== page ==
When I read your brilliant poems, I hear them punctuated by the yellow phlegm of your hacking cough interrupted by trips to the 7-11 to corrode your teeth and liver and soul.

You lived like the pulp fiction heroes you immortalized. You cavorted with lowlife hookers and winos. No one depended on you or asked anything of your booze-soaked brain and sociopathic womanizing EXCEPT to write.

I can’t wake up painfully hung over in a flophouse motel after a one night tryst with an unwashed hooker, watch a man plummet to the ground outside my sooty window and then crawl to the school where I projectile vomit at a PTO meeting.

So, BITE ME, Bukowski, literary king of LA’s lice infested underworld.

You wrote as you lived – blunt, angry, vulgar, demented and sordid. Your creativity fed off of drama and chaos and emotional filth.

Emotional disarray vaporizes me; blocks my words which need release SO BADLY. The frenzied high of shooting dope on the keyboard, the good nod when I hit the vein of an idea.

You arrogant know-it-all, buried with that obnoxious “Don’t Try” on your gravestone.

Easy to say because YOU BECAME FAMOUS.

I HAVE to try.

Not everyone can get hellafied on a jug of MadDog 20 20 and then word vomit genius.



if it doesn’t come bursting out of you in spite of everything, don’t do it- 

What if it crawls out of me slower than an Amish drag race? Don’t judge my process.


If you have to sit for hours staring at your computer screen or hunched over your typewriter for words, don’t do it.

I’m not that old that I would hunch over a goddamn IBM Selectric, but I do stare at the computer for hours.

I wrote the last sentence at 7 pm. Now it’s 9 pm, and I’m hearing it through a different set of ears. My words gestate slowly. Soon it’ll be midnight; by 2 am – maybe I’ll have a paragraph.

Then I’ll reward myself with porn.


If you’re doing it for money or fame, don’t do it.

While writing rarely yields a solid living, anyone who tells you they don’t want recognition is lying.

Why would bloggers be tweeting, meme-ing, pinning, tumbling, instagraming, and making YouTube channels of themselves?

So they can hide in the Witness Protection Program?


if you’re doing it because you want women in your bed, don’t do it.

You were infamous for bedding everyone, you he-whore!

If I write to impress Jennie Saia, because I want to visit her and drink wine with her SO HARD, run away with her to Mexico, are YOU going to judge me?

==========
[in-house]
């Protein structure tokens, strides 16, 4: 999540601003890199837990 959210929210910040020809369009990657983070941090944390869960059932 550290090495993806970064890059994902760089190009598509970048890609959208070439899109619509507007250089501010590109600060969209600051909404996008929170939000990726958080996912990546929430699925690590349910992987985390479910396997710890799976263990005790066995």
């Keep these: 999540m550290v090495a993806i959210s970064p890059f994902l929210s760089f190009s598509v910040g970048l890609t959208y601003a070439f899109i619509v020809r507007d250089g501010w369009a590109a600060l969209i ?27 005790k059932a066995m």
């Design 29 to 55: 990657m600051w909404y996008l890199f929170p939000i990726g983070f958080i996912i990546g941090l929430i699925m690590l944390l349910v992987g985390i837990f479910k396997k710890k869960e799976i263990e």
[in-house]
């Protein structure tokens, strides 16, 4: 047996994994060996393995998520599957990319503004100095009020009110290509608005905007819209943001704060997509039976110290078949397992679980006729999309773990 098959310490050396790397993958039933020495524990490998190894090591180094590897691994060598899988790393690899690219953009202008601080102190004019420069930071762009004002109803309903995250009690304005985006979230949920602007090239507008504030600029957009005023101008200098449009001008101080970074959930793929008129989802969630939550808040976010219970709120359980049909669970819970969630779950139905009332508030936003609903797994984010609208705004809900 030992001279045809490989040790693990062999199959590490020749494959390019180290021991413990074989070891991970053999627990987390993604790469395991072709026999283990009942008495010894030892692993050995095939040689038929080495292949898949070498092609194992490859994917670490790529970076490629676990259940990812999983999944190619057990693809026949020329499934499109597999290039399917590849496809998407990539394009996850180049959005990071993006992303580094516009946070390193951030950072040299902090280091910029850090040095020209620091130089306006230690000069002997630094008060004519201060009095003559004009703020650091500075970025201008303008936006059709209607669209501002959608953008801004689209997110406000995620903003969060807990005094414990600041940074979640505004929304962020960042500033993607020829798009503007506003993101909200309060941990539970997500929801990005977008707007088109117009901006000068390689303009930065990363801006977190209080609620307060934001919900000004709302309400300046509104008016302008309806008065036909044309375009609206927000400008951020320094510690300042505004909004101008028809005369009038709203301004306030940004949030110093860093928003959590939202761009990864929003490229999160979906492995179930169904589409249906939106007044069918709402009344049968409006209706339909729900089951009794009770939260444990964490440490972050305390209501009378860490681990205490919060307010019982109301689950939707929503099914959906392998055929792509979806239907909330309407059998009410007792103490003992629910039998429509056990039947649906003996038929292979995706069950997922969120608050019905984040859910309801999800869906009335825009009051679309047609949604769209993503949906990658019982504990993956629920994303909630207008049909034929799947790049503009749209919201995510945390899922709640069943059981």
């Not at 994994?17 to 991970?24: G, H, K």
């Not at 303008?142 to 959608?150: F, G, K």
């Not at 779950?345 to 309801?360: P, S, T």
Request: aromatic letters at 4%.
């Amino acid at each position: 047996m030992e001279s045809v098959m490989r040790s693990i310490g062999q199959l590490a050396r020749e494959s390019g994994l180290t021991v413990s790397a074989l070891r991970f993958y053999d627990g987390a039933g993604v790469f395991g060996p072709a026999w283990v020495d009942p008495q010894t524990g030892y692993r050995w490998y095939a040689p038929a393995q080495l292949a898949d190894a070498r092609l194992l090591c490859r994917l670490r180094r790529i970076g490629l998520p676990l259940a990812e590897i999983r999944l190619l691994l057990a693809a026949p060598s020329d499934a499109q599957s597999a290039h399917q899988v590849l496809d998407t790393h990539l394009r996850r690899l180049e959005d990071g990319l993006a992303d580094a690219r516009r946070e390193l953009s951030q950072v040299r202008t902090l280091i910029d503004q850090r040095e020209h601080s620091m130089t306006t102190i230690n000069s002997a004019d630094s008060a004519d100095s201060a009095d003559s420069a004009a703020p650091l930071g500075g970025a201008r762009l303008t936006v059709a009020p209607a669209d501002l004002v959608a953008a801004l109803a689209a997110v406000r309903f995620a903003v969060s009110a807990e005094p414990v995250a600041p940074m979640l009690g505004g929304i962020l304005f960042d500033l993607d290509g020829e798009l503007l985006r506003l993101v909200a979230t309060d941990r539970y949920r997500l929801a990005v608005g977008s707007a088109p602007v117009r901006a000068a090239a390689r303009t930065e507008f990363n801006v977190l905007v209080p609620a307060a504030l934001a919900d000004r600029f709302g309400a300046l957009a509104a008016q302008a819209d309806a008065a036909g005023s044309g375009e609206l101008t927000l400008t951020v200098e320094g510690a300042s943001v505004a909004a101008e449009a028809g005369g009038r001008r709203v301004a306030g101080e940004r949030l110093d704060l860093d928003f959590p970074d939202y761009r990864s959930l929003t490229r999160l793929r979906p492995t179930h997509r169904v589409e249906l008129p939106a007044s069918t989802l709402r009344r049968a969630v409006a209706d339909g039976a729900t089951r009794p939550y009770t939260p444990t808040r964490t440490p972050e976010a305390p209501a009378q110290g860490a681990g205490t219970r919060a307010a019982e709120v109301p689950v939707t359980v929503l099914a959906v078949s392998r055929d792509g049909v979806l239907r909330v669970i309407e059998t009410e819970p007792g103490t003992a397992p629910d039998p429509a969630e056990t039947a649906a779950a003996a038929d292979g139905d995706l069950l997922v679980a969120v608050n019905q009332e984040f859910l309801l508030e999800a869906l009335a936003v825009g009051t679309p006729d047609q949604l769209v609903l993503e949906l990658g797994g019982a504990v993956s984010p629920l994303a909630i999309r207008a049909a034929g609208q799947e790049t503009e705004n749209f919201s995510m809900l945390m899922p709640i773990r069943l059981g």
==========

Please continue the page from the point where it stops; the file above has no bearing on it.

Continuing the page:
You’d write 50 poems to her smooth skin. Have you seen the picture of her in her bikini?


if you have to sit there and rewrite it again and again, don’t do it.

I do and I do.

My first drafts are complete SHIT. Shit is the fertilizer that makes my ideas grow into beautiful flowers.


If it’s hard work just thinking about doing it, don’t do it

Sometimes, it is. And I have to push through that place of resistance.

Would you have me lay on my deathbed thinking of all the things I didn’t do because they seemed like hard work? That describes 2/3 of life. The other 1/3 I’m sleeping.


if you’re trying to write like somebody else, forget about it.

Sometimes artistry is emulation. Or else we can discount every band that emerged from the Seattle grunge scene after Nirvana.


if you first have to read it to your wife or your girlfriend or your boyfriend or your parents or to anybody at all, you’re not ready.

I don’t.

I would rather be paid minimum wage to help elderly people fix their Internet over the phone than marry another writer.


don’t be like so many thousands of people who call themselves writers, don’t be dull and boring and pretentious,

Because, you know, that’s totally what I’m GOING for here.


unless being still would drive you to madness or suicide or murder, don’t do it.

Suicide? You’d love that, you tragic asshole. And I was close to murder today. I wanted to kill YOU deader than you already were, telling me “don’t do it” like some backwards Nike commercial looped endlessly.


if you have been chosen, it will do it by itself and it will keep on doing it until you die or it dies in you.

there is no other way. and there never was.

Yes. FINALLY we agree.

It chose me.


What do I do now? Now that I’ve deconstructed you, sentence by sentence, I guess I don’t want to be a writer. By your standards, I’m NOT a writer.

You hijacked my identity.

I can’t live the self destructive fallacy of the vice ridden artiste. 

So would you have me buy into your perception of me? Just, give up? Your own advice would tell ME to tell YOU to go fuck yourself.


But if life is made up of a string of moments, and there is only THIS moment,

Then in THIS moment, aren’t I a writer?

So confusing. Now I know why you drank daily.


Maybe just today.

Maybe just this moment.

But I finally put down words. So, I want to be a writer.

And now I’ll hit, “Publish.”


Go fuck yourself, Bukowski.

Did you ever have horrible writer’s block?  Or lack the time, energy, whatever, to write? 
Does it eat at you?
Talk to me. I’m listening.